The area preserves the most pristine Sudanian zone flora and fauna left in Africa. Despite lately reduced rainfall the vegetation is in good condition, especially in the dominant herbaceous savanna. This varies from southern Sudanian to Guinean in type and changes in character according to the topography and soils from grassland to shrub savanna, woody savanna and savanna woodland. The eastern half of the Park is dry scrub savanna with a varying cover of trees and bushes. On better soils to the west the savanna is more wooded. Along the rivers riparian vegetation and luxuriant gallery forest occur, both somewhat affected by the reduced rainfall of recent years as were shallow rooted trees. At least 1,500 plant species have been recorded, 78% of them being from the gallery forest.
The vegetation differs according to its location on slopes and hills, rock outcrops, alluvial sands or iron pans. In the valleys and plains there are vast areas of Vetiveria and herbaceous savannas dominated by Andropogon gayanus, occasionally associated with Panicum anabaptistum. Seasonally-flooded grassland is typically composed of Paspalum arbiculare and Echinochloa spp. Dry forest is comprised of Sudanian species, such as Piliostigma thonningii, Pterocarpus erinaceus, Pericopsis africana, Bombax costatum, Burkea africana, Prosopis africana, Sterculia setigera, Ficus ingens and Anogeissus leiocarpus. There are also areas of bamboo Oxytenanthera abyssinica. In ravines and gallery forests, species indicative of a south Guinean climate are present, with lianas very abundant, and species such as Raphia sudanica, Baissea multiflora, Nauclea latifolia, Dalbergia saxatilis, and Landolphia dulcis.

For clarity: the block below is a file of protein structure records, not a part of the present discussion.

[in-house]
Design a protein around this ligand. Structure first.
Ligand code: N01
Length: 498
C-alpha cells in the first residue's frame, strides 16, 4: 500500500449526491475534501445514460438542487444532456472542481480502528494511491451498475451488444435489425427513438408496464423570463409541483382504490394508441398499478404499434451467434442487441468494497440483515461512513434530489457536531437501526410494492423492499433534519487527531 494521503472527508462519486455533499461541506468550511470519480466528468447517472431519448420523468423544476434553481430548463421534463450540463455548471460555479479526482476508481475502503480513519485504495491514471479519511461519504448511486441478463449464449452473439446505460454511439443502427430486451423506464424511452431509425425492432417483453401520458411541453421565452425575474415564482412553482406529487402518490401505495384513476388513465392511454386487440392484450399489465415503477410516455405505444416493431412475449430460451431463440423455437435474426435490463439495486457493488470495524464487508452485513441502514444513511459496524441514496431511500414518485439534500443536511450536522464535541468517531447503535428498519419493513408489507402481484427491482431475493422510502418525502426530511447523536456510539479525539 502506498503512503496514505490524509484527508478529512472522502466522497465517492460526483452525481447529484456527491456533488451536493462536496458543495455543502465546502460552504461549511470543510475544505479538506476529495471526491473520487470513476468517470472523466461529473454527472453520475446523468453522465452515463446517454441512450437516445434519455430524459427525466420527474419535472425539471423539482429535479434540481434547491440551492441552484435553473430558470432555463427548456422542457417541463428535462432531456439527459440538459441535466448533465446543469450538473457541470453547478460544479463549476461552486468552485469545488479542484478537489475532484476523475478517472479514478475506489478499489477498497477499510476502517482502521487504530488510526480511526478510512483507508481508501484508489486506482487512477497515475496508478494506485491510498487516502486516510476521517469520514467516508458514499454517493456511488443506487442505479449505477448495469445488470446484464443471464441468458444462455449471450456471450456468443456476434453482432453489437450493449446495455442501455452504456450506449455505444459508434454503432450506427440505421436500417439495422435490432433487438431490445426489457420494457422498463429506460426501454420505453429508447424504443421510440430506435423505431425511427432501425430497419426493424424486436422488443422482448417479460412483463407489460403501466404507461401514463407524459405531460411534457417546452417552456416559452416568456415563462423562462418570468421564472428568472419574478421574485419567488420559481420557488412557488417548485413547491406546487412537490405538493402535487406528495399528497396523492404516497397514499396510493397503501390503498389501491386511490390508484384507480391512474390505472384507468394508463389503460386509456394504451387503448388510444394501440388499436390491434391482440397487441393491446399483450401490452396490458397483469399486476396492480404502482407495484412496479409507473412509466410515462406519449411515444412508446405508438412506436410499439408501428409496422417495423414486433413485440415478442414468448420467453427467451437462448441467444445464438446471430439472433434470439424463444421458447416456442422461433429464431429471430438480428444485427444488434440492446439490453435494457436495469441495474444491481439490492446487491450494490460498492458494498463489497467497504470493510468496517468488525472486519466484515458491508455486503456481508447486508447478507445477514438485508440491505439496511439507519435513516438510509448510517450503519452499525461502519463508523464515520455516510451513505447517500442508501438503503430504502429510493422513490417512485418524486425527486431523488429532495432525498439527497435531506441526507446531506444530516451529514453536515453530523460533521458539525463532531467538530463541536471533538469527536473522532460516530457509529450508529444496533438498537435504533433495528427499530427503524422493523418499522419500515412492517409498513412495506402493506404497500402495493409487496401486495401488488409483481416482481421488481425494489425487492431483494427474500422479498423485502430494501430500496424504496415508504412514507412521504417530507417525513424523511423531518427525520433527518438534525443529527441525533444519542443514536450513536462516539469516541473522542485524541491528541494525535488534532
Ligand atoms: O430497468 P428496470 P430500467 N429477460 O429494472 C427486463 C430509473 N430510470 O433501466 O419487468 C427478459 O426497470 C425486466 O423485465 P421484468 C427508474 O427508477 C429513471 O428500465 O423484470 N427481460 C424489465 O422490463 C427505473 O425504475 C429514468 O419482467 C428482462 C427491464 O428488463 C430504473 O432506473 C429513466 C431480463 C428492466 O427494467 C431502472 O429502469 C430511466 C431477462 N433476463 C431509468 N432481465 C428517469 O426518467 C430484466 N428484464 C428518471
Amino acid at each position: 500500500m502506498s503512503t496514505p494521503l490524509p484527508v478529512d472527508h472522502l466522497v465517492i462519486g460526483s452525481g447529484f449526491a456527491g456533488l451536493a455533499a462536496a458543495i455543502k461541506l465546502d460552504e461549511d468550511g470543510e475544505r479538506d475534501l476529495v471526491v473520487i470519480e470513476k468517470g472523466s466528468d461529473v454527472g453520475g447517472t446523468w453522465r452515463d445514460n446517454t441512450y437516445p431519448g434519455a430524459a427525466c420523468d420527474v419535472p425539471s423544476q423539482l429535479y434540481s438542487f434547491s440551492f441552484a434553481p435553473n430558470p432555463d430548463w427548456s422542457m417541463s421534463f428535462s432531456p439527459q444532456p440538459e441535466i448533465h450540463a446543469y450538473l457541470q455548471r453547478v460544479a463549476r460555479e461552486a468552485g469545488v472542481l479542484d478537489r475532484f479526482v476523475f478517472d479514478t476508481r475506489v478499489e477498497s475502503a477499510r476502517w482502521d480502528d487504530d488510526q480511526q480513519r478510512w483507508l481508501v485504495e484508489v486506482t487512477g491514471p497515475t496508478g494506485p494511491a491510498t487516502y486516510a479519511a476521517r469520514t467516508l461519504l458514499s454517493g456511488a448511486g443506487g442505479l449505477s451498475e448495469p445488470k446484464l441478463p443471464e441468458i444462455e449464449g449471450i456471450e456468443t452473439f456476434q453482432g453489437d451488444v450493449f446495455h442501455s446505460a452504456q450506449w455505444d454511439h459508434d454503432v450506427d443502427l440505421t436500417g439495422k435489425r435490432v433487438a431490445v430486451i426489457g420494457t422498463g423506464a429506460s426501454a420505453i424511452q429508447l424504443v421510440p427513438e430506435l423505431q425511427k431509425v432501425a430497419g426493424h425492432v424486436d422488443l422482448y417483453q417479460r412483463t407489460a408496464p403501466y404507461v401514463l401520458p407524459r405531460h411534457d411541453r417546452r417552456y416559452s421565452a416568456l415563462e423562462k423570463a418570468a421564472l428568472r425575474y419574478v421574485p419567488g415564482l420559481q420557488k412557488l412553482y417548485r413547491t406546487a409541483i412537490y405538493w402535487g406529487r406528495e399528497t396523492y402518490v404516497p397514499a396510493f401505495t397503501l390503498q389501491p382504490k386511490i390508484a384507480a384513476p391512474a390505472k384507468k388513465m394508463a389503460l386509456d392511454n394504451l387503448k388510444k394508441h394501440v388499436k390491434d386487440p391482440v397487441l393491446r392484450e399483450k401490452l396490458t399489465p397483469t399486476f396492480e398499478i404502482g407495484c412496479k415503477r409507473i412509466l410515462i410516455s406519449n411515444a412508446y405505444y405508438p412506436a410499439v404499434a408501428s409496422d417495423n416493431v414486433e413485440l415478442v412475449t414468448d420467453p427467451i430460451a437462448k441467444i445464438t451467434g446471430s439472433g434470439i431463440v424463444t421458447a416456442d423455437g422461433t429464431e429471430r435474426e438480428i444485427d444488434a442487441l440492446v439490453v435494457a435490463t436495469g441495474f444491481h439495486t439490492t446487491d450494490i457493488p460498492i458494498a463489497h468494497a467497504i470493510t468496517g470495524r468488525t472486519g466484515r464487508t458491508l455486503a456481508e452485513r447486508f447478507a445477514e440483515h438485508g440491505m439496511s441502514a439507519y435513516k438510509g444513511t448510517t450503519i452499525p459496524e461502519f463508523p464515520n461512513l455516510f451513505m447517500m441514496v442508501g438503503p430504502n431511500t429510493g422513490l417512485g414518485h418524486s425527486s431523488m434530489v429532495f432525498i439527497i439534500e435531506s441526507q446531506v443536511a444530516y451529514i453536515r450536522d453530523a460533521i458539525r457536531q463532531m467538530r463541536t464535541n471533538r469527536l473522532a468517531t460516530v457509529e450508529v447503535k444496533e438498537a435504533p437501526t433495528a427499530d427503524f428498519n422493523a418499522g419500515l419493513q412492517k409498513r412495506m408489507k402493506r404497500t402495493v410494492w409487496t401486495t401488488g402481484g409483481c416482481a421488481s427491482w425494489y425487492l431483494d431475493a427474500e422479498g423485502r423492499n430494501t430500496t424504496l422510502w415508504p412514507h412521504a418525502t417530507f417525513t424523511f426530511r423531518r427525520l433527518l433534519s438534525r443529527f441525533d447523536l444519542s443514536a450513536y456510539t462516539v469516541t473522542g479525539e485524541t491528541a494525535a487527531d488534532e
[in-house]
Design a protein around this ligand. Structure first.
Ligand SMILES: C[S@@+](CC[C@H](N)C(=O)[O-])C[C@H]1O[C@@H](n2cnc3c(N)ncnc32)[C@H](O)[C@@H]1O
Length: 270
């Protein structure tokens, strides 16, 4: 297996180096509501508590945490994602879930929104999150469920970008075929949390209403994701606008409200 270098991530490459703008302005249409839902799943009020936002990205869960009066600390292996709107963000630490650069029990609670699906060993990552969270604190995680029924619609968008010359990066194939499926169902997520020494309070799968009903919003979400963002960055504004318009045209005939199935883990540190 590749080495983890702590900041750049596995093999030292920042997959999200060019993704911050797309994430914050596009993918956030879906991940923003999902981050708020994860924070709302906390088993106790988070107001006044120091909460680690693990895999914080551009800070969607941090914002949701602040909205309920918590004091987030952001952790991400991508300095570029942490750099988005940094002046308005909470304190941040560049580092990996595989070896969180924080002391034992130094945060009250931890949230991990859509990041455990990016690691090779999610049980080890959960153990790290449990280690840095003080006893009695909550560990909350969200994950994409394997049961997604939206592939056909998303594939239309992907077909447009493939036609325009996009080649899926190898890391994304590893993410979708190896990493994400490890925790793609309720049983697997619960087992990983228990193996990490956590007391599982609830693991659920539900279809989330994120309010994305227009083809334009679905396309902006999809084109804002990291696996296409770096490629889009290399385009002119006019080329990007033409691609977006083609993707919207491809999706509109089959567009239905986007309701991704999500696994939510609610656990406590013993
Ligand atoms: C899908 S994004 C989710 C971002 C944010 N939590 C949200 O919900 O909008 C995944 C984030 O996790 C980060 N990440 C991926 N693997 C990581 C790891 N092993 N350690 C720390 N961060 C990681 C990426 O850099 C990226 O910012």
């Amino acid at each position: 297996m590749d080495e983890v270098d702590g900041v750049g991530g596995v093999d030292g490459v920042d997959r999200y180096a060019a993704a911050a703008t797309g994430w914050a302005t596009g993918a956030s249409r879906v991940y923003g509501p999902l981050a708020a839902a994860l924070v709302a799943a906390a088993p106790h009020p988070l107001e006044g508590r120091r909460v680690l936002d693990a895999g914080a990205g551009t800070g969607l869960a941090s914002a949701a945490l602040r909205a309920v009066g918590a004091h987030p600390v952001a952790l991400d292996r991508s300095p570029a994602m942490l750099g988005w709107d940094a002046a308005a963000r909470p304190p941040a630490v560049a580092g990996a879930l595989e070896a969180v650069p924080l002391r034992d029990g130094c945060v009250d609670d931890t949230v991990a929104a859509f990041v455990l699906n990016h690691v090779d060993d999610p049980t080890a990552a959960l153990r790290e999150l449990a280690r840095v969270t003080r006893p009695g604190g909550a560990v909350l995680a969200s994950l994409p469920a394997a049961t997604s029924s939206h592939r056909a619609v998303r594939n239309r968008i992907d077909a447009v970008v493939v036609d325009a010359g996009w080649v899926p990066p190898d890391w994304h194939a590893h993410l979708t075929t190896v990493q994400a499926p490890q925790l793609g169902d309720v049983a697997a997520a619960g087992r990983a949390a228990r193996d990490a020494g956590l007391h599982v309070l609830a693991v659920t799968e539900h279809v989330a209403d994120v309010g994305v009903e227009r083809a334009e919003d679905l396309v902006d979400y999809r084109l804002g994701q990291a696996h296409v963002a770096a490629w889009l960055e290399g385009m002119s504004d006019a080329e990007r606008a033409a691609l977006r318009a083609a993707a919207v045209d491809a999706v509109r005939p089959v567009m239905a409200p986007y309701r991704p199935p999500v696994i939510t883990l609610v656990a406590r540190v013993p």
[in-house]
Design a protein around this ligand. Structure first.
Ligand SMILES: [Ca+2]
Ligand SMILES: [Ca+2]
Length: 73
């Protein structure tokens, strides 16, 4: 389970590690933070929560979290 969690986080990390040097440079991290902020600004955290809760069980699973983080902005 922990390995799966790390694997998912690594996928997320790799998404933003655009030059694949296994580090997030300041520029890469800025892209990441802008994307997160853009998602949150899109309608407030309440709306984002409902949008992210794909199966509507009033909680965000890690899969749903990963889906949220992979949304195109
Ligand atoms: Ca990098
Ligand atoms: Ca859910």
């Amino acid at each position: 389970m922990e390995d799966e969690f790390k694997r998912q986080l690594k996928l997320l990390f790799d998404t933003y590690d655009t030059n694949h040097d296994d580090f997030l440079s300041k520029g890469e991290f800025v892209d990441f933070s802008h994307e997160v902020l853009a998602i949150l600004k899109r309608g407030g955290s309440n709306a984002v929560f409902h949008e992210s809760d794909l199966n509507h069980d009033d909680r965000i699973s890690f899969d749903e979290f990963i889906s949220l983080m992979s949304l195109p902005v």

On the edges of rivers, semi-aquatic species, such as Rotula aquatica, Hygrophila odora, Cyperus baikiei, occur, and annuals, which disappear when the water level rises, are found in the periodically-flooded sands. In and around the marshes, most of which are situated in abandoned riverbeds or behind the levées, the vegetation is very variable, depending on the height of the depression, water level, origins, soil structure and sub-soil. Certain ponds are bordered by dry forests, or herbaceous savannas, with species such as Arundinella ecklonii, Eriochrysis brachypogon, Hemarthria altissima, Hyparrhenia amaena, Vetiveria nigritana, and Andropogon gayanus depending on dampness and soil compaction. Occasionally the centre of a marsh is occupied by thick thorn bushes of Mimosa pigra. Marshes on higher ground are smaller, with scanty, very acid and peaty soil. Vegetation includes Oryza brachiyantha (a wild rice), Bryaspis lupulina, Adelostemma senegalense, Berchemia discolor, and Genlisea africana. On high banks Acacia nilotica, Crateva religiosa, Diospyros mespiliformis and Ziziphus mucronata are dominant, and localised species, such as Christiana africa, Cola laurifolia, Croton scarciessii, Cynometra vogelii, Diospyros elliotii, Syzygium guineense, Symmeria paniculata, and Ziziphus amphibia occur on constantly humid low banks. River bank species also include Khaya senegalensis, Erythrophleum suaveoleus, Ceiba pentandra, Detarium senegalense, Syzygium guineense, Afzelia africana, and borassus palm Borassus species.